Category: Unusual Baby Names
By Linda Rosenkrantz
The surprise top name for boys in 2013 was the Old Testament Noah, followed by the not so surprisingly high-on-the-list Jacob, Ethan, Daniel, Benjamin, David, Joseph, Joshua and Samuel—in other words many of the same biblical boys’ names that have been recycled for eons.
I thought that today, in commemoration of the Jewish High Holy Days, we would shake things up a bit and look at some Bible names that aren’t even in the Top 1000, but might be worthy of some consideration
Everybody loves the letter A.
A is the most common first initial for baby names today. Many of the most popular baby names start with A, including Ava, Abigail, and Amelia for girls, and Alexander, Andrew, and the Aiden constellation for boys. And then there are all the fast-rising names that begin with A, from the Game of Thrones-inspired Arya to the biblical Asher to the hot celebrity names Anson and Azalea.
Why is A so favored? The fact that it’s first may have something to do with giving it an image of primacy and importance. And then there are the studies that say people whose names begin with A are more likely to earn As in school and may even live longer.
That makes a lot of good reasons to want to choose an A name for your baby. But what are the best A names that are not overused or on their way to becoming too popular?
We combed the nearly 3500 unusual baby names that start with A on Nameberry to find the best choices below the Top 1000. Here, our 100 favorites:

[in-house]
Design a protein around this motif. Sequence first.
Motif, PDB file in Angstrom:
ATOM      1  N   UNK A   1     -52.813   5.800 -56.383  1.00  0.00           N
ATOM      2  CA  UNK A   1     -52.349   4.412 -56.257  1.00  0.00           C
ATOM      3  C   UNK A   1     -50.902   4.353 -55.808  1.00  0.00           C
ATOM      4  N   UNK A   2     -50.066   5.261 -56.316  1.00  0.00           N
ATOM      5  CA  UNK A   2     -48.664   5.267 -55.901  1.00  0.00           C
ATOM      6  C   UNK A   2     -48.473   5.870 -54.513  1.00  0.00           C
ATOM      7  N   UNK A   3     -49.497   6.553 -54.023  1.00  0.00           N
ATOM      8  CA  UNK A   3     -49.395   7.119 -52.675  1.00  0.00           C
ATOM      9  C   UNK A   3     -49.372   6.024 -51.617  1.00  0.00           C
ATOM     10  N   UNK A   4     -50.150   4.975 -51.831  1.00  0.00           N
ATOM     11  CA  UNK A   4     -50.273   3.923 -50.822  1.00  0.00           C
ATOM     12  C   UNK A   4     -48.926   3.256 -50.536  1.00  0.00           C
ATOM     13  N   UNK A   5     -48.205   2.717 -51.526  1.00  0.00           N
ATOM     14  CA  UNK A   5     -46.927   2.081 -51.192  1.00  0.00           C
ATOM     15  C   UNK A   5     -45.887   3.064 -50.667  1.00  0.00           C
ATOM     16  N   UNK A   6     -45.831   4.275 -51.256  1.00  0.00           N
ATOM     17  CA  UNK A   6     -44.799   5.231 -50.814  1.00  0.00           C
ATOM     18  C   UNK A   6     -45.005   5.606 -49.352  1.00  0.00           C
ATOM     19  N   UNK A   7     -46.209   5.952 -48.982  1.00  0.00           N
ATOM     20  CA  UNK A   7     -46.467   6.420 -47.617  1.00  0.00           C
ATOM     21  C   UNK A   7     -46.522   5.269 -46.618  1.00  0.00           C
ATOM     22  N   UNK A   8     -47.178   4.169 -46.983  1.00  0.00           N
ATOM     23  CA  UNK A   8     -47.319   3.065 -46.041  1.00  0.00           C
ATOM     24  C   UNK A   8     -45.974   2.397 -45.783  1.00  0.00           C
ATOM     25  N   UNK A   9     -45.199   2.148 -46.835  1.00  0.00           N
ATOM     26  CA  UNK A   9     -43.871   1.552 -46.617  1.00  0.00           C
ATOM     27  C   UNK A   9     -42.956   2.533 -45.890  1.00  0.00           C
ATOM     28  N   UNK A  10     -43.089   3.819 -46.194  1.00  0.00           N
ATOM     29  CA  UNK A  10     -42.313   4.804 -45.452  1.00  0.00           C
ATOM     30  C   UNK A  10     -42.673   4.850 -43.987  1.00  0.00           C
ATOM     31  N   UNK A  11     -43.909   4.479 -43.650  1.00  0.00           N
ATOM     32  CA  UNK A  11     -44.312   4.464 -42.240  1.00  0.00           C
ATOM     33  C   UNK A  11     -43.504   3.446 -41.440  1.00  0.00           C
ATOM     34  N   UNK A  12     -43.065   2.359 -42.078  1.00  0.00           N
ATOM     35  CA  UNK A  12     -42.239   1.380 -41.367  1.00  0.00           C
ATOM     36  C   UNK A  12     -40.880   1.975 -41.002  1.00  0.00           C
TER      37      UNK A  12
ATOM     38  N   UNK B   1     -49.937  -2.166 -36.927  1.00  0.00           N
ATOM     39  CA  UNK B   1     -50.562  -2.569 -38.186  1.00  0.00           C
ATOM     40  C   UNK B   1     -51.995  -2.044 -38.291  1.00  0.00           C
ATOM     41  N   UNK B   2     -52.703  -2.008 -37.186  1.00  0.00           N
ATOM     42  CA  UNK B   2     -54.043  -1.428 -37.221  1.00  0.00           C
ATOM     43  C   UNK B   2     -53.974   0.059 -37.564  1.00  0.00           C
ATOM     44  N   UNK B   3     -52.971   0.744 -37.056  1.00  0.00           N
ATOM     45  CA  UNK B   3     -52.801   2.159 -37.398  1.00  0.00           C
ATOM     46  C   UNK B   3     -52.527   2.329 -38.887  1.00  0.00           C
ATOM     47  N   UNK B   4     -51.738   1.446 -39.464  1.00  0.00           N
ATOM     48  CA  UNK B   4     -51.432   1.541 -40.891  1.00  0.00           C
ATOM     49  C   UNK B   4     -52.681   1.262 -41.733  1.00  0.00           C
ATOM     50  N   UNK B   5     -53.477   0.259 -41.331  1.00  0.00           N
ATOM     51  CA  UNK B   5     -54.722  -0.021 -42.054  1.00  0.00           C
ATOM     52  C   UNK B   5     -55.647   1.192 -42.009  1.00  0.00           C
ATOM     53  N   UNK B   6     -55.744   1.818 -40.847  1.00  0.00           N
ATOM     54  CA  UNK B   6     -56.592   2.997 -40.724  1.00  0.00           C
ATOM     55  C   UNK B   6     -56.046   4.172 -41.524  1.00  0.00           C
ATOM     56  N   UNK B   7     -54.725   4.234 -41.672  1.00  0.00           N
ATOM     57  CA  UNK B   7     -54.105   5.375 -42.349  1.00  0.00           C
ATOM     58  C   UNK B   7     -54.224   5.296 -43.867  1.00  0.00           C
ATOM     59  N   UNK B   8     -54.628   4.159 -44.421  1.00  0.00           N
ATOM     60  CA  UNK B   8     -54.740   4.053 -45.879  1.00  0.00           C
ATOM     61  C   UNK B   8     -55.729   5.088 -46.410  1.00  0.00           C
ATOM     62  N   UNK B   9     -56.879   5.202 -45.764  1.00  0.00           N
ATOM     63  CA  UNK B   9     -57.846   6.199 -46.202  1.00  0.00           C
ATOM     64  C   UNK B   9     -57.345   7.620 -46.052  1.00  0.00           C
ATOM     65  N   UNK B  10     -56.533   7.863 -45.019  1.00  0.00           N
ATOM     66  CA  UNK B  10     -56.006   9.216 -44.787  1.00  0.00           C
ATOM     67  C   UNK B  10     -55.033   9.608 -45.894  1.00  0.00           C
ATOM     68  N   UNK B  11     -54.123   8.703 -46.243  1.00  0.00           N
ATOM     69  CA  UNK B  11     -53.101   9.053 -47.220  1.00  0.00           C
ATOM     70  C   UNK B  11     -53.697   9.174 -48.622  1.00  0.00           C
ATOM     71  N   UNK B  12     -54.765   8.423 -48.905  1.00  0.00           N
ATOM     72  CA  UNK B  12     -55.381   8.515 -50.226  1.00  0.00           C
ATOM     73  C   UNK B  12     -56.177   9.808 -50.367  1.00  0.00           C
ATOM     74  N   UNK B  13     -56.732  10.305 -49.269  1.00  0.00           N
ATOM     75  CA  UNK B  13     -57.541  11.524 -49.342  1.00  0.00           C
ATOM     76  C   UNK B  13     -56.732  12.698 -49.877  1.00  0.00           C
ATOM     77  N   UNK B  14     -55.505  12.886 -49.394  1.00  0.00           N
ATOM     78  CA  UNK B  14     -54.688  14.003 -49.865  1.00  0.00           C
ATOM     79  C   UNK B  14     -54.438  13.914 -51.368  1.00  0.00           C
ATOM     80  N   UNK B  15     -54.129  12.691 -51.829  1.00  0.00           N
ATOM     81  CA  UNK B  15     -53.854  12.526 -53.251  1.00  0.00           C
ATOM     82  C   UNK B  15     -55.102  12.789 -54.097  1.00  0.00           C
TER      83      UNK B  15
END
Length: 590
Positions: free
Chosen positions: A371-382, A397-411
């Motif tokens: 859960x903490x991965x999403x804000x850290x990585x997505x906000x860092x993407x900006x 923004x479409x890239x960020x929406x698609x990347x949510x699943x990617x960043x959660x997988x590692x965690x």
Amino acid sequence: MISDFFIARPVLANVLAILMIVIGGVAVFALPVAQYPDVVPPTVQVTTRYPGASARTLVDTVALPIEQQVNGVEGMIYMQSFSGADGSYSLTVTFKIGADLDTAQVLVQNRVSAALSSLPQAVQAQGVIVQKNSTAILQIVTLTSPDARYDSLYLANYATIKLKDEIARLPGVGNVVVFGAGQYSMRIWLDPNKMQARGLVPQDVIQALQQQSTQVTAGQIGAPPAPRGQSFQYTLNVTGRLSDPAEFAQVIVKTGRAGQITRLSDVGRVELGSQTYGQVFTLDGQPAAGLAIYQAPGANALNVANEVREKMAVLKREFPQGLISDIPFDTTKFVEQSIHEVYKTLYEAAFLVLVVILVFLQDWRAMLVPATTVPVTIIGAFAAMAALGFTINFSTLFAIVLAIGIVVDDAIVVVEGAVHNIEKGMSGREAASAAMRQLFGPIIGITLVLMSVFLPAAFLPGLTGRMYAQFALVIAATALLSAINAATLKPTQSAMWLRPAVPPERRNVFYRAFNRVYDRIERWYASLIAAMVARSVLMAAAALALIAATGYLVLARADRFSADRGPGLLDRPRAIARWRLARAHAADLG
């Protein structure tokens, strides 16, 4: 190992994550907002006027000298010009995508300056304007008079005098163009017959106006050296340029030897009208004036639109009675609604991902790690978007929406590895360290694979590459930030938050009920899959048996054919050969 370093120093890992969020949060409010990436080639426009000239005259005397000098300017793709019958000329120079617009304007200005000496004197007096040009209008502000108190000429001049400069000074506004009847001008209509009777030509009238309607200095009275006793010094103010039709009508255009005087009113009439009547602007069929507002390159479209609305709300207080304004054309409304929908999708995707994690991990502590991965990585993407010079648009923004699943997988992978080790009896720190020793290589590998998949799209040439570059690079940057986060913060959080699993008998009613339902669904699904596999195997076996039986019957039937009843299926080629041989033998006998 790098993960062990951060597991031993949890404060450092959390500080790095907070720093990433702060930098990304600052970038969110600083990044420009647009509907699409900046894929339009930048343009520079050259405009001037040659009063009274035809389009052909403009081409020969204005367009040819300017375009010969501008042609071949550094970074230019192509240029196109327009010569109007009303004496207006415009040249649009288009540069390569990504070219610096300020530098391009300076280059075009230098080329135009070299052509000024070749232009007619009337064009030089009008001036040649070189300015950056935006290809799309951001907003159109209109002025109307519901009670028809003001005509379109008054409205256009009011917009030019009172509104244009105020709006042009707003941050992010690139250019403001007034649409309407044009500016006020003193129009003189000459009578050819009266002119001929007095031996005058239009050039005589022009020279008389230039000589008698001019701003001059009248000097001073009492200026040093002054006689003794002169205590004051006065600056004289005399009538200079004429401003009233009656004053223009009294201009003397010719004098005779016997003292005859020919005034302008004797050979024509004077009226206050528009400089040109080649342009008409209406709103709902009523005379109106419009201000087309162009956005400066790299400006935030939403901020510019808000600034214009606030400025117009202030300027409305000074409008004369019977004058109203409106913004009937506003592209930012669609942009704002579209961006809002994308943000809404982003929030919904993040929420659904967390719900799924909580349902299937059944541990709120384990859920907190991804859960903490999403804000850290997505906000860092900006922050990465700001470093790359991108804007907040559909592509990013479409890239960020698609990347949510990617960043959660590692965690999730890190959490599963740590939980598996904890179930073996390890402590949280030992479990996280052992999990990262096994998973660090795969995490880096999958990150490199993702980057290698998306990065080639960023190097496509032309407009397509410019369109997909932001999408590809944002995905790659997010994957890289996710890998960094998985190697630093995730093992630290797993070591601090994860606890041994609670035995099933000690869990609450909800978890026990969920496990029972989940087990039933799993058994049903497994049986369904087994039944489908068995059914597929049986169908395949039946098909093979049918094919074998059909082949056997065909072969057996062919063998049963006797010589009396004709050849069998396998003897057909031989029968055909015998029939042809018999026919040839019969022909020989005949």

Everyone knows the story of Cinderella.
There’s a wicked stepmother and a prince. During the royal ball, a glass slipper is lost, left behind by a mysterious girl who vanishes into the night.
Retellings galore have updated and twisted the tale. Hilary Duff turned it into a teen movie, with Chad Michael Murray as Prince Charming. Drew Barrymore made a version that mixed in Leonardo da Vinci.
Now Marissa Meyer has written a completely different Cinderella story, transporting her from a castle-filled past to the city of New Beijing, in an indefinite – and rather terrifying – future. There’s plague and the threat of war, but happily, her Cinderella will become a true heroine.
I was looking at the names similar to Pixie the other day — y’know, just to pass the time — and I thought: Wow, there’s an unusual collection of names. From Alala to Kitto, Spartacus to Whimsy, there wasn’t a common name in the bunch.
Which got me thinking about how most people say they like unusual names, but do they really? Which unusual, unique, rare, uncommon baby names would people say they liked best?
Which led me, of course, to this Question of the Week.